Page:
In a small amount of water, add 1/4 tsp. dye powder and stir to dissolve.  Add to one of the containers.  Repeat with 1/2 tsp. dye for the second container and 1 tsp. dye for the third.  I usually go from 1/2 tsp. to 1 tsp. instead of 3/4 tsp. as I can't see a lot of difference in fabric color with the 3/4 tsp.

For the project I'm planning, I wanted the fabric to look mottled, so I lowered the wet fabric into the container, folding it back and forth and then squishing it down so I couldn't see it below the top of the dye.  And I just left it sitting there without stirring for 20 minutes.

If I had wanted a smoothly dyed piece that was all the same color, I would have put the fabric into the container and then kept stirring and moving the fabric around during the 20 minute soak.

After 20 minutes, mix 1T soda ash in a little warm water and stir to dissolve.  Add to one of the containers, stir, and let sit for 20 more minutes.  Repeat with each of the other containers.  Rinse fabric well and then run through the washing machine.

Here are the three fabrics again ...

... and one of them showing the mottling.

Happy Creating!  Deborah

Monday, May 6, 2013

Girl's Lacy Suntop

I found some gorgeous lacy cotton at Joann's awhile ago and decided to use it on a suntop for little c.  I used Burda 9552 as a base, but ended up making quite a few changes!  And in showing you one of the changes, I'll also show you an easy way to make spaghetti straps.

First off, I was pretty sure I would be dyeing the top after I finished it so I used cotton thread.  If you use the regular polyester or poly/cotton blend thread, it'll stay white and contrast against the dyed top.  An effect you may or may not want!

Changes to bodice:

The two biggest changes I made were skipping the zipper and changing the shoulder straps to shoulder ties.  I think the zipper needed to be there when shoulder straps were used to make the top easier to get on and off.  With the ties, it should be fine.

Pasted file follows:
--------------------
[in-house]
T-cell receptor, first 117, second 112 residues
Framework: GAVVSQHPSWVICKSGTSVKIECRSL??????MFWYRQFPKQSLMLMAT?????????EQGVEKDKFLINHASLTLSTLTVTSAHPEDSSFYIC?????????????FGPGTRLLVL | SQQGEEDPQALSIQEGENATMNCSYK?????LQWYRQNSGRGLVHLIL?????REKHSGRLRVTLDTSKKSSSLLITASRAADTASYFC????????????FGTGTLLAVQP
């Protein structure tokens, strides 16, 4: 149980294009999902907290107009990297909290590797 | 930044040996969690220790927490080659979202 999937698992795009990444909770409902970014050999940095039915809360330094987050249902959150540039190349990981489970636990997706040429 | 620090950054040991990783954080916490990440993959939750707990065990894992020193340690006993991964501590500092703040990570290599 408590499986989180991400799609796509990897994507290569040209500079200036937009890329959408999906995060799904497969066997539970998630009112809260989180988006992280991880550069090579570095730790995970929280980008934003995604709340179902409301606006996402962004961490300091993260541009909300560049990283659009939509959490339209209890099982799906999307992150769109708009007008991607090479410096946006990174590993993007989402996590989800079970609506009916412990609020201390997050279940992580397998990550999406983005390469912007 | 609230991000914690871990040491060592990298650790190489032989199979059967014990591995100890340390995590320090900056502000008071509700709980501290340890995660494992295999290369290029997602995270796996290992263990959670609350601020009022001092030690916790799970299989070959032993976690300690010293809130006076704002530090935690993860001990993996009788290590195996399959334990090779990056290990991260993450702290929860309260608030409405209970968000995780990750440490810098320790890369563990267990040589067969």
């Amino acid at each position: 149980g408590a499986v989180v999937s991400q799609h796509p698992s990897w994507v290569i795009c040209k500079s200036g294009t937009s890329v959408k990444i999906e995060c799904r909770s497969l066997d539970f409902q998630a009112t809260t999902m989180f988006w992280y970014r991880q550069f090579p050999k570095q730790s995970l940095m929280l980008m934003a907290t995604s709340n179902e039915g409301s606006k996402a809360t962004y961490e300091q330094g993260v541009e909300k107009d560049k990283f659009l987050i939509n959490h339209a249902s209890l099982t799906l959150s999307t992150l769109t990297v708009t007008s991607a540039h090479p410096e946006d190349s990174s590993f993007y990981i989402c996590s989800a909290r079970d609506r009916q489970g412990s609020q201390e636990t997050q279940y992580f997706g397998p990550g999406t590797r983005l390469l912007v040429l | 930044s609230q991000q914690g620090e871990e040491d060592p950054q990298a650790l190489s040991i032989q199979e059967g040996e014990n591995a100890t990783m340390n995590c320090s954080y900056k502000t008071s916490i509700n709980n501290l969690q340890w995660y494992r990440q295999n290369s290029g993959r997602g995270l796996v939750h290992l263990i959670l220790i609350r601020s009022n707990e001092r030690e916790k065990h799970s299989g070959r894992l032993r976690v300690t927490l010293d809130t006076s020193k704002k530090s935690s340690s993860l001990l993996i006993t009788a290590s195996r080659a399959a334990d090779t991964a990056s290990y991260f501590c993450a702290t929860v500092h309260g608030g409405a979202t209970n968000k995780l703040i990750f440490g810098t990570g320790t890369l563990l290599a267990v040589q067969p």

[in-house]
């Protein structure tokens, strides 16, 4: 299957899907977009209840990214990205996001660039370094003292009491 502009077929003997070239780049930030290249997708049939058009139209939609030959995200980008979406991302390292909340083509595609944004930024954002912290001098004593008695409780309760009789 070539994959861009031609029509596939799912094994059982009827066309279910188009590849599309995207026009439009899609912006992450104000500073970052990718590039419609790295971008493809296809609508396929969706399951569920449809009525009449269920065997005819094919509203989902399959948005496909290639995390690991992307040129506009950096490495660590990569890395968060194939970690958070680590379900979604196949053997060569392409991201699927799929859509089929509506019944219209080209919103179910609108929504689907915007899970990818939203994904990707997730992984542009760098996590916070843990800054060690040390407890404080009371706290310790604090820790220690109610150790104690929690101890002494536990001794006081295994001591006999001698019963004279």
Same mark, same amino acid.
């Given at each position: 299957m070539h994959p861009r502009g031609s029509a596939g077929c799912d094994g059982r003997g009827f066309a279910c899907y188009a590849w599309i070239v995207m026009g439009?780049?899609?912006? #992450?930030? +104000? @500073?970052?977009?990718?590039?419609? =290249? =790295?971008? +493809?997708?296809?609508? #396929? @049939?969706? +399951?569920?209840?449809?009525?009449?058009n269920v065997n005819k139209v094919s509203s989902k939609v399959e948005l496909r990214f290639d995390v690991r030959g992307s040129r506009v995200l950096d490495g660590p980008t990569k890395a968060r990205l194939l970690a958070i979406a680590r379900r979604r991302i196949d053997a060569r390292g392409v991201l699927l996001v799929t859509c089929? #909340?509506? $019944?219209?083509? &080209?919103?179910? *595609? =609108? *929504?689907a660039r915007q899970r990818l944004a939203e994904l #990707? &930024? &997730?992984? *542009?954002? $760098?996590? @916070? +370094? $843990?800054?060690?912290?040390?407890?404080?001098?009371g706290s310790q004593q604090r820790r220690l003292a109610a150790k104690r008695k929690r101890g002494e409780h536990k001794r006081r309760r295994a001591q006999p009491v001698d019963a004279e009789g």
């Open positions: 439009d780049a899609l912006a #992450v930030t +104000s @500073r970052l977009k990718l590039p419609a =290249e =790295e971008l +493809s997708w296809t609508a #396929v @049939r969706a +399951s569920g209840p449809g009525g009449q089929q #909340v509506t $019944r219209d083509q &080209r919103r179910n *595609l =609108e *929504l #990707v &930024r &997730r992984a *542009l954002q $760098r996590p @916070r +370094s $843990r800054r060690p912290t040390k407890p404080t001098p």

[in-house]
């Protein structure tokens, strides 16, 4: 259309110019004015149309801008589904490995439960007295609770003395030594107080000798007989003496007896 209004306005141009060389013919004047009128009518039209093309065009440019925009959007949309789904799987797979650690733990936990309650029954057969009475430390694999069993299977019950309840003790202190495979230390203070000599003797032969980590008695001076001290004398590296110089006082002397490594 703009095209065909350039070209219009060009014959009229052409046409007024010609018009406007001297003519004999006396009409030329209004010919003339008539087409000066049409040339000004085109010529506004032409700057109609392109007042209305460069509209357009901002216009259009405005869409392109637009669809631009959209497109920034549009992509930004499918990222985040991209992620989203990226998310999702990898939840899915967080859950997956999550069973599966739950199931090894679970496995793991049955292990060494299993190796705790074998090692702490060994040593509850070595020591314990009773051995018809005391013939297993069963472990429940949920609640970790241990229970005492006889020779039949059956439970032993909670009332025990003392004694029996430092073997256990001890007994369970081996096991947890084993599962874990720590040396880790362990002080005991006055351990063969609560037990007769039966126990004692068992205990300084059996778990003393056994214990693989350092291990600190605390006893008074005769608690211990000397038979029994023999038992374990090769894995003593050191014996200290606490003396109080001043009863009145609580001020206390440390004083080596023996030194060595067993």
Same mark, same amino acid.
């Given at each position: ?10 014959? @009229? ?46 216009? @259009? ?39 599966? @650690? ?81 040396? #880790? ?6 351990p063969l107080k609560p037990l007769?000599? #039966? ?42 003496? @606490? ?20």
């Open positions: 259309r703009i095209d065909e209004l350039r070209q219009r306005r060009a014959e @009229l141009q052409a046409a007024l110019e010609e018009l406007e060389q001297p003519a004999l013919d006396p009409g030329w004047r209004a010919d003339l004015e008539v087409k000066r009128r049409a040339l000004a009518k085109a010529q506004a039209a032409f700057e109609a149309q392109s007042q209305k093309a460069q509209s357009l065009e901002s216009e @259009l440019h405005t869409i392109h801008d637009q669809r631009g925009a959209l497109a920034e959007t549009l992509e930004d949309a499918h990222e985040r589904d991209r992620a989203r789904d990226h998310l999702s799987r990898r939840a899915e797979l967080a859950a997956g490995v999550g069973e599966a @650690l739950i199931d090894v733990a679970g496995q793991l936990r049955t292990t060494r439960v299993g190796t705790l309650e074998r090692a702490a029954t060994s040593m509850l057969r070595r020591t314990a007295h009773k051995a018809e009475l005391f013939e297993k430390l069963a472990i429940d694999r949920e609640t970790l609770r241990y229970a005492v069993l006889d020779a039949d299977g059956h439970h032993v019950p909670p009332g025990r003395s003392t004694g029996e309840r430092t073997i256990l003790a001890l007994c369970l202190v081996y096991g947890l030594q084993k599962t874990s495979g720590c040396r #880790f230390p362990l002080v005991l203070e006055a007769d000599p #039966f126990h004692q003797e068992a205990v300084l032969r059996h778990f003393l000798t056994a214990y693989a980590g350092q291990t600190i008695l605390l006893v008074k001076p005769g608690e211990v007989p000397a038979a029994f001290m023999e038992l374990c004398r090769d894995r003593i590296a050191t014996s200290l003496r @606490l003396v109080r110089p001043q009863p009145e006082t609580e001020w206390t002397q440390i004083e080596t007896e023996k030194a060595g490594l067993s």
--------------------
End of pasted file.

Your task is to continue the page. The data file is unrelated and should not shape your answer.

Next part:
Now onto the shoulder ties!  If you've ever sewn a tube and then had to turn it right side out, you probably never tried one again.  This much easier way to make tubes really should be in more instructions, but it's not.  In fact, even making the straps that the pattern originally called for would be much easier with the following method.

First, I cut the ties from the strap pattern piece, making them 18 inches long.  This may be too long, but I made it without little c here - I can adjust it when I try it on her by cutting off some of the end of the tie and refinishing it.  When you get your ties cut out, iron them in half lengthwise.

Next cut a piece of 1/4 inch ribbon a few inches longer than the straps and lay it against the fold.

Bring the top over the bottom and sew edges in a 3/8 inch seam (or bigger if you want a thinner tie).  Start at the short edge where the ribbon sticks out just a little, turn the corner and sew all the way down the long edge being careful not to catch the ribbon on this edge.

Scrunch the tie down toward the sewn bottom and wriggle it around a little so the fabric goes over the bottom seam.  

Pull on the ribbon until the tie has turned right side out.  Cut off the end - save the ribbon for your next tie.

Once I sewed the outside bodice together at one seam, I sewed a tie onto each shoulder on the right side.

Next sew the second side seam in the outer bodice.  Sew the bodice lining at both side seams.  Pin the two bodice sections right sides together and sew as the pattern instructions show.  The only difference with yours now is that it will be a circle that stands up since both side seams are sewn together.

Continue on with the patterns instructions.  The only thing I do differently is top stitch along the top of the bodice.  I think it gives a nicer finished edge.

Sew and gather the skirt as the pattern instructions show.  Now comes another change - I attach bodices differently than the pattern shows.  See on the instructions how you're left with a big seam that you're supposed to press up after you sew the skirt to the bodice?  There's a nicer way to do this that covers the seam up!

Attach just the outer bodice to the skirt - pin and then sew.  Leave the bodice lining free.

After you've sewn it together, press the seam up.  Now turn the edge of the bodice lining under 5/8 inches and pin it over the seam.

Sew the bodice lining down with a hemming stitch.

Turn the ends of the ties in just enough so that when you sew across the bottom the sewing will catch them and they won't turn back out again.

Sew in the hem and you're done!  And now that I'm finished, I'm thinking I might just leave it white ... it has a nice elegance to it.

Happy Creating!  Deborah